Strand and Mall —VII.: Kew Bridge

Kew Bridge by A. H. Henley. Signed lower right. Source: the 1884-85 Magazine of Art. Click on image to enlarge it.

Commentary from the 1884-85 Magazine of Art

Between Mortlake and Kew the river is at its prettiest hereabouts. The Surrey shore is fringed with alders and water-side growths down to the river's edge; bushy luxuriant hedge-rows separate the towing-path from fields and market-gardens. Over on the Chiswick bank are rustic boat-houses and trim villas, with ample lawns shaded by old trees. Our third illustration depicts one of these boat-houses — that of the Grove Park Rowing Club —  with a glimpse of Mortlake in the distance. In the grey gloaming of an autumn evening the soft haze which here hangs over water and sky produces an effect which must be strangely like to the hues of the Indian summer. The Grove Park Boat-House is backed by a thick belt of trees, behind which is a delightful nook known only to the initiated — what our grandfathers would have called a "bosky dell." A deep and silent pool, dotted with water-lilies and swarming with pike, lies under the shadow of beech and elm and silver-birch. A rude grotto of uncemented stones, overgrown with mosses and creepers, is a relic probably of the days when the dell was promenaded by ruffled dukes and silken duchesses from Grove House hard by. This little plesaunce almost adjoins the grounds of Grove End, Mrs. Pullman's French-baronial villa, pictured in our fifth cut. Opposite the Eyot, which Mr. Henley has sketched for us, and on the Chiswick bank, is Strand-on-the-Green, the oddest surely of the far western malls. Here there are the same alternations of substantial old houses and humble cottages as on the Hammersmith malls; but they have nothing else in common. Decay has lightly touched the quaint, forgotten old strand. The large houses are gay with flowers and creepers and brilliantly-striped sun-blinds; the cottages are gaudily painted and ambitiously named. They also have floral attractions: marigolds, virginia-stock, and a rose or two. Everything here is wondrously clean and bright, and squalor finds no place. The strand is really a miniature dock, and is indeed a port in a small way. Most of the barges which lie hauled up here on a Sunday are the property of amphibious Chiswickians in blue jerseys and sou'westers, who drink beer brewed in the parish out of shining pewter pots, in river-side hostelries with aquatic names — the "Ship," the "Steam Packet," and the "City Barge," not to mention the poetically named "Indian Queen." The "City Barge" was so named, I think, in honour of the state barge of the London Corporation, which is brought up to Strand-on-the-Green early every summer to be overhauled. These bargemen affect the airs of those who go down to the sea in ships ; some even wear rings in their ears. But most of them are natives and land-lubbers. The strand indeed makes a brave effort to look nautical. There is a litter of cables and ropes, and more mysterious seafaring gear of which the uninitiated cannot safely discourse. During the spring tides the residents along the strand have a damp time. A tide a very few inches higher than usual floods the forecourts of the houses, and stilts and pattens become prime domestic neces- sities. Zoffany, the painter, had a great affection for the straggling strand. . . .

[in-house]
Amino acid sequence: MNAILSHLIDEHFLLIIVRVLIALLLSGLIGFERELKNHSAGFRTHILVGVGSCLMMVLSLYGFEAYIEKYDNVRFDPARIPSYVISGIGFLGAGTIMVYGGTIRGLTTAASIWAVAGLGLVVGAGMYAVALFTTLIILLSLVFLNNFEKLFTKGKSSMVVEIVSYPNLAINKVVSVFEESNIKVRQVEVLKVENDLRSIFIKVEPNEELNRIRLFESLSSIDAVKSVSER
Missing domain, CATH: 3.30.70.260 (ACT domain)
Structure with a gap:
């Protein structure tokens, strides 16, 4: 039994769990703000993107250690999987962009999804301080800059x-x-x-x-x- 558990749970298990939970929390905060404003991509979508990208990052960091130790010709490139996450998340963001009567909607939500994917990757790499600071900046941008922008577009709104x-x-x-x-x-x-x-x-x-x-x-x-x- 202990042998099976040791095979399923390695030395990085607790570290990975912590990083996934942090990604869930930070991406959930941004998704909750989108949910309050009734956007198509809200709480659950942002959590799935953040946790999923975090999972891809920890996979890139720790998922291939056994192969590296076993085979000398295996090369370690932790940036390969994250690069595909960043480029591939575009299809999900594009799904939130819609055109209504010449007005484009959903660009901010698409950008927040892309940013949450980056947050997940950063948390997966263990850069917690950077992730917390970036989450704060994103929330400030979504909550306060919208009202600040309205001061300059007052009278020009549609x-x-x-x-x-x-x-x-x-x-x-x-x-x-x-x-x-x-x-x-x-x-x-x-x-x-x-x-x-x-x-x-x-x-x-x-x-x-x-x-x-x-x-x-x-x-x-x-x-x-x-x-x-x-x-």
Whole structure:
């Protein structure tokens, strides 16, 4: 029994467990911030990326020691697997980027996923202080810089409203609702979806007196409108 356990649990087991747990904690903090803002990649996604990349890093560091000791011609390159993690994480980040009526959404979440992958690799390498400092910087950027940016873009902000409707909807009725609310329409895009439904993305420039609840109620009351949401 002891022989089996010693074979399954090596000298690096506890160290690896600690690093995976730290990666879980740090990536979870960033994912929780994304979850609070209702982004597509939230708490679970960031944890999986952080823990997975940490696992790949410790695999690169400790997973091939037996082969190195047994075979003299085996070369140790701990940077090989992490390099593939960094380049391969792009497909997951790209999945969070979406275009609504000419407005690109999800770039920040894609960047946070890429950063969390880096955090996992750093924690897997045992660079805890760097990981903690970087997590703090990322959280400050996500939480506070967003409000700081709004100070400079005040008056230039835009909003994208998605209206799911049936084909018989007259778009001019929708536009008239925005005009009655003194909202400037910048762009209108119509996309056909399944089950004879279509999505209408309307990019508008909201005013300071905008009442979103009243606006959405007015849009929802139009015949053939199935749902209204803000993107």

It is but a few steps hence to Kew Bridge [see above], grey and sharply arched and narrow — a terror to those who for their sins have frequently to scale it. Strand-on-the-Green is in full view of passers over the bridge ; but of the hundreds of thousands of holiday-makers who cross it every year it is rare indeed that one turns for half an hour out of his way to explore this unbeaten path. It is, indeed, almost unknown save to residents in the immediate neighbourhood. The tea-gardens are all over the water. Just where our stroll ends is Kew Green, one of the completest bits of the Eighteenth Century anywhere near London. Its red-brick houses, not too lovely, buried in lilac and laburnum, its Georgian church, where Gainsborough sleeps and Handel’s own organ still swells to psalm and litany, are graphic reminders of the vanished days when the later Georges essayed to make of Kew a clumsy German Versailles.

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Penderell-Brodhurst, J. “Strand and Mall.” Magazine of Art. 7 (1883-84): 392-459. Internet Archive version of a copy in the University of Toronto Library. Web. 2 January 2015.

Created 2 January 2015